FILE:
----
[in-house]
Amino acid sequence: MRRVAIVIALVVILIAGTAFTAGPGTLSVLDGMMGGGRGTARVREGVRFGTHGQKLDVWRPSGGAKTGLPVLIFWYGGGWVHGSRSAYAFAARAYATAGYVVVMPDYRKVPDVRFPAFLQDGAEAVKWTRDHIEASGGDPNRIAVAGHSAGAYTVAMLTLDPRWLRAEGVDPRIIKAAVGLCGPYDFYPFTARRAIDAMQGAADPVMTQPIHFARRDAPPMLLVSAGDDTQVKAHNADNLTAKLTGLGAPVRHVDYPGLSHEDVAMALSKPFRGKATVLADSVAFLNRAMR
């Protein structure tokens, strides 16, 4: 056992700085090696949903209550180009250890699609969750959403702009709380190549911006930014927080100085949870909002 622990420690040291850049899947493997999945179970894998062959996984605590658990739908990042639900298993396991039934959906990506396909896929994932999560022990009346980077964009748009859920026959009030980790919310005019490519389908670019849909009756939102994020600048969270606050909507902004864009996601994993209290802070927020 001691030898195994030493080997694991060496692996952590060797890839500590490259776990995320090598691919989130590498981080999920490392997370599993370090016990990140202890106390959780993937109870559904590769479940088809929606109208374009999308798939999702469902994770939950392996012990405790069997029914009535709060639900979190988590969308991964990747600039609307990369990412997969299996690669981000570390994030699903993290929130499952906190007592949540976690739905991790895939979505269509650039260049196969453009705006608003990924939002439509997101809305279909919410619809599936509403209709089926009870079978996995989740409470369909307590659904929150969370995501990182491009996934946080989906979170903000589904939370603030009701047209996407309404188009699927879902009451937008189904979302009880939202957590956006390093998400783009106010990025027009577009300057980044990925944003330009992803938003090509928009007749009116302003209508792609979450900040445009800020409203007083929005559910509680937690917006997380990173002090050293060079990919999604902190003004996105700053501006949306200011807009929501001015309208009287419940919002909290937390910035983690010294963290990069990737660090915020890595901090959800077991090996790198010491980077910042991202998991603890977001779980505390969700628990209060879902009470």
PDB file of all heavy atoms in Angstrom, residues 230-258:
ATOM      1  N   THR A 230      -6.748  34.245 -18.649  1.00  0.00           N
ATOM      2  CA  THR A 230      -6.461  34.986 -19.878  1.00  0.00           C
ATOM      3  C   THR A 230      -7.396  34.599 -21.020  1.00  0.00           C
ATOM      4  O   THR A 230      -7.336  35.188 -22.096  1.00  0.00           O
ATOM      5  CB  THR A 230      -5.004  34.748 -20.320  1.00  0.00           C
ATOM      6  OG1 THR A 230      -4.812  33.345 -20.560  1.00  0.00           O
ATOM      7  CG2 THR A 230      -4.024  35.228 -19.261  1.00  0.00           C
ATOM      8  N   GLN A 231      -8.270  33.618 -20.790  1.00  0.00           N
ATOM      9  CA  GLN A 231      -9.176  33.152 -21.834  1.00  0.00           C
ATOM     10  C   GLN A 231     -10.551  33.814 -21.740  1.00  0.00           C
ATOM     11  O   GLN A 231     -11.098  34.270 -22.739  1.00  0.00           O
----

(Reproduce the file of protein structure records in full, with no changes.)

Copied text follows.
[in-house]
Amino acid sequence: MRRVAIVIALVVILIAGTAFTAGPGTLSVLDGMMGGGRGTARVREGVRFGTHGQKLDVWRPSGGAKTGLPVLIFWYGGGWVHGSRSAYAFAARAYATAGYVVVMPDYRKVPDVRFPAFLQDGAEAVKWTRDHIEASGGDPNRIAVAGHSAGAYTVAMLTLDPRWLRAEGVDPRIIKAAVGLCGPYDFYPFTARRAIDAMQGAADPVMTQPIHFARRDAPPMLLVSAGDDTQVKAHNADNLTAKLTGLGAPVRHVDYPGLSHEDVAMALSKPFRGKATVLADSVAFLNRAMR
């Protein structure tokens, strides 16, 4: 056992700085090696949903209550180009250890699609969750959403702009709380190549911006930014927080100085949870909002 622990420690040291850049899947493997999945179970894998062959996984605590658990739908990042639900298993396991039934959906990506396909896929994932999560022990009346980077964009748009859920026959009030980790919310005019490519389908670019849909009756939102994020600048969270606050909507902004864009996601994993209290802070927020 001691030898195994030493080997694991060496692996952590060797890839500590490259776990995320090598691919989130590498981080999920490392997370599993370090016990990140202890106390959780993937109870559904590769479940088809929606109208374009999308798939999702469902994770939950392996012990405790069997029914009535709060639900979190988590969308991964990747600039609307990369990412997969299996690669981000570390994030699903993290929130499952906190007592949540976690739905991790895939979505269509650039260049196969453009705006608003990924939002439509997101809305279909919410619809599936509403209709089926009870079978996995989740409470369909307590659904929150969370995501990182491009996934946080989906979170903000589904939370603030009701047209996407309404188009699927879902009451937008189904979302009880939202957590956006390093998400783009106010990025027009577009300057980044990925944003330009992803938003090509928009007749009116302003209508792609979450900040445009800020409203007083929005559910509680937690917006997380990173002090050293060079990919999604902190003004996105700053501006949306200011807009929501001015309208009287419940919002909290937390910035983690010294963290990069990737660090915020890595901090959800077991090996790198010491980077910042991202998991603890977001779980505390969700628990209060879902009470």
PDB file of all heavy atoms in Angstrom, residues 230-258:
ATOM      1  N   THR A 230      -6.748  34.245 -18.649  1.00  0.00           N
ATOM      2  CA  THR A 230      -6.461  34.986 -19.878  1.00  0.00           C
ATOM      3  C   THR A 230      -7.396  34.599 -21.020  1.00  0.00           C
ATOM      4  O   THR A 230      -7.336  35.188 -22.096  1.00  0.00           O
ATOM      5  CB  THR A 230      -5.004  34.748 -20.320  1.00  0.00           C
ATOM      6  OG1 THR A 230      -4.812  33.345 -20.560  1.00  0.00           O
ATOM      7  CG2 THR A 230      -4.024  35.228 -19.261  1.00  0.00           C
ATOM      8  N   GLN A 231      -8.270  33.618 -20.790  1.00  0.00           N
ATOM      9  CA  GLN A 231      -9.176  33.152 -21.834  1.00  0.00           C
ATOM     10  C   GLN A 231     -10.551  33.814 -21.740  1.00  0.00           C
ATOM     11  O   GLN A 231     -11.098  34.270 -22.739  1.00  0.00           O